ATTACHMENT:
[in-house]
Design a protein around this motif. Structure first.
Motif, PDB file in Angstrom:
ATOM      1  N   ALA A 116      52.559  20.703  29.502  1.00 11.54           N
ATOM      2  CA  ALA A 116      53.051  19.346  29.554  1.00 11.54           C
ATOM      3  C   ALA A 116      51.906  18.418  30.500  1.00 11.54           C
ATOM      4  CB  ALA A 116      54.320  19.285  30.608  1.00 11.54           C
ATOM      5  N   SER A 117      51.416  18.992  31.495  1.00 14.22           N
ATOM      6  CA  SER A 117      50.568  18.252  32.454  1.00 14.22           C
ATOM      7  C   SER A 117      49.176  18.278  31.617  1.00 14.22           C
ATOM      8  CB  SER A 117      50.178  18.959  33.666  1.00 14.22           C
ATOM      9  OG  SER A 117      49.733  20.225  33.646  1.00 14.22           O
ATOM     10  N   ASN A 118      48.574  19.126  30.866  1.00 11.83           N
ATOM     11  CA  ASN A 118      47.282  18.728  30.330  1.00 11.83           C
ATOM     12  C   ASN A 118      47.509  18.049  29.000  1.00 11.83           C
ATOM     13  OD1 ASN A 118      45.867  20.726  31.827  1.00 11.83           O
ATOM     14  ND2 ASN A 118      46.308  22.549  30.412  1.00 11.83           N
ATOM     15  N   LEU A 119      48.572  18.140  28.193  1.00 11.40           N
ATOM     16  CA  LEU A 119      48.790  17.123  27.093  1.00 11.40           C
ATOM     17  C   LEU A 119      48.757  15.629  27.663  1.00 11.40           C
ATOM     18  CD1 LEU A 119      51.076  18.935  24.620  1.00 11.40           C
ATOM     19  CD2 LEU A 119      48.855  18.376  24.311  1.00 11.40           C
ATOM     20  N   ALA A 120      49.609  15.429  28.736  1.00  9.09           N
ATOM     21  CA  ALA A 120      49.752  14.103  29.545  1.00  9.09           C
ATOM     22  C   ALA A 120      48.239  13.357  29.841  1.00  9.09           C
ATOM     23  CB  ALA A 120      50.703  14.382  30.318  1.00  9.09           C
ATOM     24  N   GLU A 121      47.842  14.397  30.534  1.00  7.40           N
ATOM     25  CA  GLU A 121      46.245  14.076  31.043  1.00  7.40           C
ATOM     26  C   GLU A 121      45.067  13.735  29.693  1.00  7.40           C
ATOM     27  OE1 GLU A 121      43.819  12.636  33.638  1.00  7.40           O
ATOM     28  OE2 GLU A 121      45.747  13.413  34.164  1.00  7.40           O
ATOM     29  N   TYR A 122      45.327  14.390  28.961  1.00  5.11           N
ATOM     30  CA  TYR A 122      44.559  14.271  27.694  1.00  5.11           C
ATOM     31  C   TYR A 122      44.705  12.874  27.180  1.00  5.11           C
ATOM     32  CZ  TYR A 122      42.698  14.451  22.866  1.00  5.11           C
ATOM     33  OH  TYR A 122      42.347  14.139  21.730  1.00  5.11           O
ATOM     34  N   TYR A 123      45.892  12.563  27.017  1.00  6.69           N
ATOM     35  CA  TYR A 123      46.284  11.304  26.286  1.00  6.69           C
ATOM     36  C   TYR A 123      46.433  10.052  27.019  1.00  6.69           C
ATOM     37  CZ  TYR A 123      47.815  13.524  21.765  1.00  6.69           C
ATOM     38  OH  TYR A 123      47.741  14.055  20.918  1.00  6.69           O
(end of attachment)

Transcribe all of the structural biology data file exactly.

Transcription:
[in-house]
Design a protein around this motif. Structure first.
Motif, PDB file in Angstrom:
ATOM      1  N   ALA A 116      52.559  20.703  29.502  1.00 11.54           N
ATOM      2  CA  ALA A 116      53.051  19.346  29.554  1.00 11.54           C
ATOM      3  C   ALA A 116      51.906  18.418  30.500  1.00 11.54           C
ATOM      4  CB  ALA A 116      54.320  19.285  30.608  1.00 11.54           C
ATOM      5  N   SER A 117      51.416  18.992  31.495  1.00 14.22           N
ATOM      6  CA  SER A 117      50.568  18.252  32.454  1.00 14.22           C
ATOM      7  C   SER A 117      49.176  18.278  31.617  1.00 14.22           C
ATOM      8  CB  SER A 117      50.178  18.959  33.666  1.00 14.22           C
ATOM      9  OG  SER A 117      49.733  20.225  33.646  1.00 14.22           O
ATOM     10  N   ASN A 118      48.574  19.126  30.866  1.00 11.83           N
ATOM     11  CA  ASN A 118      47.282  18.728  30.330  1.00 11.83           C
ATOM     12  C   ASN A 118      47.509  18.049  29.000  1.00 11.83           C
ATOM     13  OD1 ASN A 118      45.867  20.726  31.827  1.00 11.83           O
ATOM     14  ND2 ASN A 118      46.308  22.549  30.412  1.00 11.83           N
ATOM     15  N   LEU A 119      48.572  18.140  28.193  1.00 11.40           N
ATOM     16  CA  LEU A 119      48.790  17.123  27.093  1.00 11.40           C
ATOM     17  C   LEU A 119      48.757  15.629  27.663  1.00 11.40           C
ATOM     18  CD1 LEU A 119      51.076  18.935  24.620  1.00 11.40           C
ATOM     19  CD2 LEU A 119      48.855  18.376  24.311  1.00 11.40           C
ATOM     20  N   ALA A 120      49.609  15.429  28.736  1.00  9.09           N
ATOM     21  CA  ALA A 120      49.752  14.103  29.545  1.00  9.09           C
ATOM     22  C   ALA A 120      48.239  13.357  29.841  1.00  9.09           C
ATOM     23  CB  ALA A 120      50.703  14.382  30.318  1.00  9.09           C
ATOM     24  N   GLU A 121      47.842  14.397  30.534  1.00  7.40           N
ATOM     25  CA  GLU A 121      46.245  14.076  31.043  1.00  7.40           C
ATOM     26  C   GLU A 121      45.067  13.735  29.693  1.00  7.40           C
ATOM     27  OE1 GLU A 121      43.819  12.636  33.638  1.00  7.40           O
ATOM     28  OE2 GLU A 121      45.747  13.413  34.164  1.00  7.40           O
ATOM     29  N   TYR A 122      45.327  14.390  28.961  1.00  5.11           N
ATOM     30  CA  TYR A 122      44.559  14.271  27.694  1.00  5.11           C
ATOM     31  C   TYR A 122      44.705  12.874  27.180  1.00  5.11           C
ATOM     32  CZ  TYR A 122      42.698  14.451  22.866  1.00  5.11           C
ATOM     33  OH  TYR A 122      42.347  14.139  21.730  1.00  5.11           O
ATOM     34  N   TYR A 123      45.892  12.563  27.017  1.00  6.69           N
ATOM     35  CA  TYR A 123      46.284  11.304  26.286  1.00  6.69           C
ATOM     36  C   TYR A 123      46.433  10.052  27.019  1.00  6.69           C
ATOM     37  CZ  TYR A 123      47.815  13.524  21.765  1.00  6.69           C
ATOM     38  OH  TYR A 123      47.741  14.055  20.918  1.00  6.69           O